In just three years a pottery studio in Lancashire has a cult following for its unique design pieces.
Using materials foraged from nature Siobhan and Martin Miles-Moore create a signature glaze for their pottery, and plates from their studio were seen on television in the final of Masterchef: The Professionals in 2018.
The couple work with a lot of Michelin-starred chefs, but most recently have been working with Olli Martin, of Hipping Hall near Kirkby Lonsdale, who made it to the final of Masterchef: The Professionals last year.
Head chef Olli wanted to find local potters to work with and Miles Moore Ceramics took him up on the offer. Siobhan said: “We work closely with our chefs to make sure their dining ware tells the same story as their food.
“Olli Martin is a fantastic and very talented chef and he is on our doorstep.
“As Olli forages for food for his dishes, we forage for materials to make glazes for the pottery.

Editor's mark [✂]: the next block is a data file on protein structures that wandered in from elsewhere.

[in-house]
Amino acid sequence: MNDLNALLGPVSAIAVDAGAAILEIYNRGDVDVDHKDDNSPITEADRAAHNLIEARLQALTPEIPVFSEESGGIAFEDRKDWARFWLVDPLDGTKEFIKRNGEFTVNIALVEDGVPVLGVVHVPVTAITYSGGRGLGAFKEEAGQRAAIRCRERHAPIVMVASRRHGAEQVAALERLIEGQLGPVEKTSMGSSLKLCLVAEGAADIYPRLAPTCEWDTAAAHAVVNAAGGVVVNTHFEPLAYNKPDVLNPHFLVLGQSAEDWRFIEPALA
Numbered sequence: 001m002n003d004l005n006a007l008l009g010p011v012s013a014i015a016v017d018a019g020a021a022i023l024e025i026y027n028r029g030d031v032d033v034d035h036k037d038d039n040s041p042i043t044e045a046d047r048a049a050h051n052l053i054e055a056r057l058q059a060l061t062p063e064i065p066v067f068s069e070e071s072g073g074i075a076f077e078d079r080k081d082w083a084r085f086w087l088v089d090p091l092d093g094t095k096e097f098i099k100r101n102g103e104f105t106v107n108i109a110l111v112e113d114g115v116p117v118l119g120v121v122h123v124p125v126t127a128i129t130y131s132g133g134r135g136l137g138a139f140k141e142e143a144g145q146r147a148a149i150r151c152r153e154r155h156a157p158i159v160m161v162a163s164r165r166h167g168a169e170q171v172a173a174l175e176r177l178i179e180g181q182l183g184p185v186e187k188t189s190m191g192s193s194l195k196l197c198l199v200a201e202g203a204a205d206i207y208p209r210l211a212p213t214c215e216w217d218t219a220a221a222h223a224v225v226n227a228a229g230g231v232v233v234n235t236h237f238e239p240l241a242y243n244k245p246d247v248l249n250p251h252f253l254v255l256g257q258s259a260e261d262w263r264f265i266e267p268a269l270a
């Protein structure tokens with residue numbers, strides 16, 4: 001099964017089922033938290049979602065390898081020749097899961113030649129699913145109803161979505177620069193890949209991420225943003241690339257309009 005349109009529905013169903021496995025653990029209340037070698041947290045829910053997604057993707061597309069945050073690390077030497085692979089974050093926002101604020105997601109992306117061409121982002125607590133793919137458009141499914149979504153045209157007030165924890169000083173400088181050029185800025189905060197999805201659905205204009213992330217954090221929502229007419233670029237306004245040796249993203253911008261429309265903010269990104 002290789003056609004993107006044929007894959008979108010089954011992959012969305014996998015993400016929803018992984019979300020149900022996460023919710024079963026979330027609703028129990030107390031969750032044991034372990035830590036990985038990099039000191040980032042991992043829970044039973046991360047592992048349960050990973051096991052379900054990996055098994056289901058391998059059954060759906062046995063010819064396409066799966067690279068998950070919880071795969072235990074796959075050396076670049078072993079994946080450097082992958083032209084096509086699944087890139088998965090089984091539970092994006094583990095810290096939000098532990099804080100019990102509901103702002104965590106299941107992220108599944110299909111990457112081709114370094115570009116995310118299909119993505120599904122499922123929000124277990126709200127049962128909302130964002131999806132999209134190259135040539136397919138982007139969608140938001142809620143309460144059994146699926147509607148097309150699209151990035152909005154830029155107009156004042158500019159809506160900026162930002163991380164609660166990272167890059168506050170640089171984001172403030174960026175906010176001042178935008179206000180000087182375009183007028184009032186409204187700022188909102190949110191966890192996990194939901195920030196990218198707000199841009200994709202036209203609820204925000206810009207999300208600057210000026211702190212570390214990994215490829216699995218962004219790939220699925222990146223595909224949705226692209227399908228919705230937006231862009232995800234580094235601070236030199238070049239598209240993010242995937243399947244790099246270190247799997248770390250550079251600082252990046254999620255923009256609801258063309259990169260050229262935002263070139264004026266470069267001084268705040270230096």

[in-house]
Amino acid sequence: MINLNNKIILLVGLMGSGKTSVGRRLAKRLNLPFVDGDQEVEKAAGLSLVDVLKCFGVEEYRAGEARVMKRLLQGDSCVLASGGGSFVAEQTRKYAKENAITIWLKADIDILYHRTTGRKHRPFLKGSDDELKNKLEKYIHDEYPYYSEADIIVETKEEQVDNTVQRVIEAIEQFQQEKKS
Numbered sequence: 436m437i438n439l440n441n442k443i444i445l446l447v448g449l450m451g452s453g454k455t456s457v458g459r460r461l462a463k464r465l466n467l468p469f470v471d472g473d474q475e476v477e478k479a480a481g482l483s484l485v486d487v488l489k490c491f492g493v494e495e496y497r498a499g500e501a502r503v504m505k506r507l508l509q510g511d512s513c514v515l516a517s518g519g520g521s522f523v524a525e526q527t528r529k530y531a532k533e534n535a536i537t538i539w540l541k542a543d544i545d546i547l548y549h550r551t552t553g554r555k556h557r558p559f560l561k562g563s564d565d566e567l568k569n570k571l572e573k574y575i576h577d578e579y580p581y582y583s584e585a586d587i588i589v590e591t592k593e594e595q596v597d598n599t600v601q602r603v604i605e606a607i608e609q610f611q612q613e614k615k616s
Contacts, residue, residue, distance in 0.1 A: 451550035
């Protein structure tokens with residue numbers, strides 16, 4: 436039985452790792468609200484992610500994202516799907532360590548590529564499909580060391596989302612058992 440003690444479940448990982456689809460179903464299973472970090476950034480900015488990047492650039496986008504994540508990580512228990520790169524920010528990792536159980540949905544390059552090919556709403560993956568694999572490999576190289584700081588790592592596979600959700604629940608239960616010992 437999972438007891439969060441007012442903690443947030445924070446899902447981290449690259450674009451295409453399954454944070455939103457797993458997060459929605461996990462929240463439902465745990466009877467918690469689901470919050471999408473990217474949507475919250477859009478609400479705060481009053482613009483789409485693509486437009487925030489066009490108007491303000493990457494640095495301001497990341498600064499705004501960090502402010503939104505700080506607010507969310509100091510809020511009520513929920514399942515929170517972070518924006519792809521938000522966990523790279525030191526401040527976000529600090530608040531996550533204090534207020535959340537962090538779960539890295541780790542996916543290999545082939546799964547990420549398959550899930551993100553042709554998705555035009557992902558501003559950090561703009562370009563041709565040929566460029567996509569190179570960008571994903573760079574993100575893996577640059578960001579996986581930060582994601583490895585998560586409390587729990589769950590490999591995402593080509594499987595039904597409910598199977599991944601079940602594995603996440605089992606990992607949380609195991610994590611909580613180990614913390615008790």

“He had a big year in 2018. Having our pottery on Masterchef (pictured right) was ridiculous. The fact he was using our plates, which were made exclusively for Masterchef and can’t be used anywhere else, was really exciting.
“It became his plate when he put his food on it. We were really proud to be able to help.
“It makes the chef’s job easier and can inspire them to do a new dish.
“We really like working with passionate and creative chefs – some of which are among the best in the country.
“We regard this work as being a collaboration between artists, they work in food; we in clay.”
‘East meets West’ is Martin’s latest collection of work.
This new collection of work integrates iconic local materials such as Coniston slate, Shap pink granite, iron ore from the Florence Mine in Egremont and river sand deposited in the Lune Valley fields after Storm Desmond.
Siobhan said: “Over the last 12 months we have been using local materials that occur naturally including granite, stone and woodash.
“We work with Logs Direct to source wood ash, and use pure cherry ash and ash from a bog oak tree.
“You can usually find us in a quarry or a field gathering things up to set fire to them for the glaze.
“Lots of potters buy in glazes and refire them on the pottery, which is brilliant but too much hard work.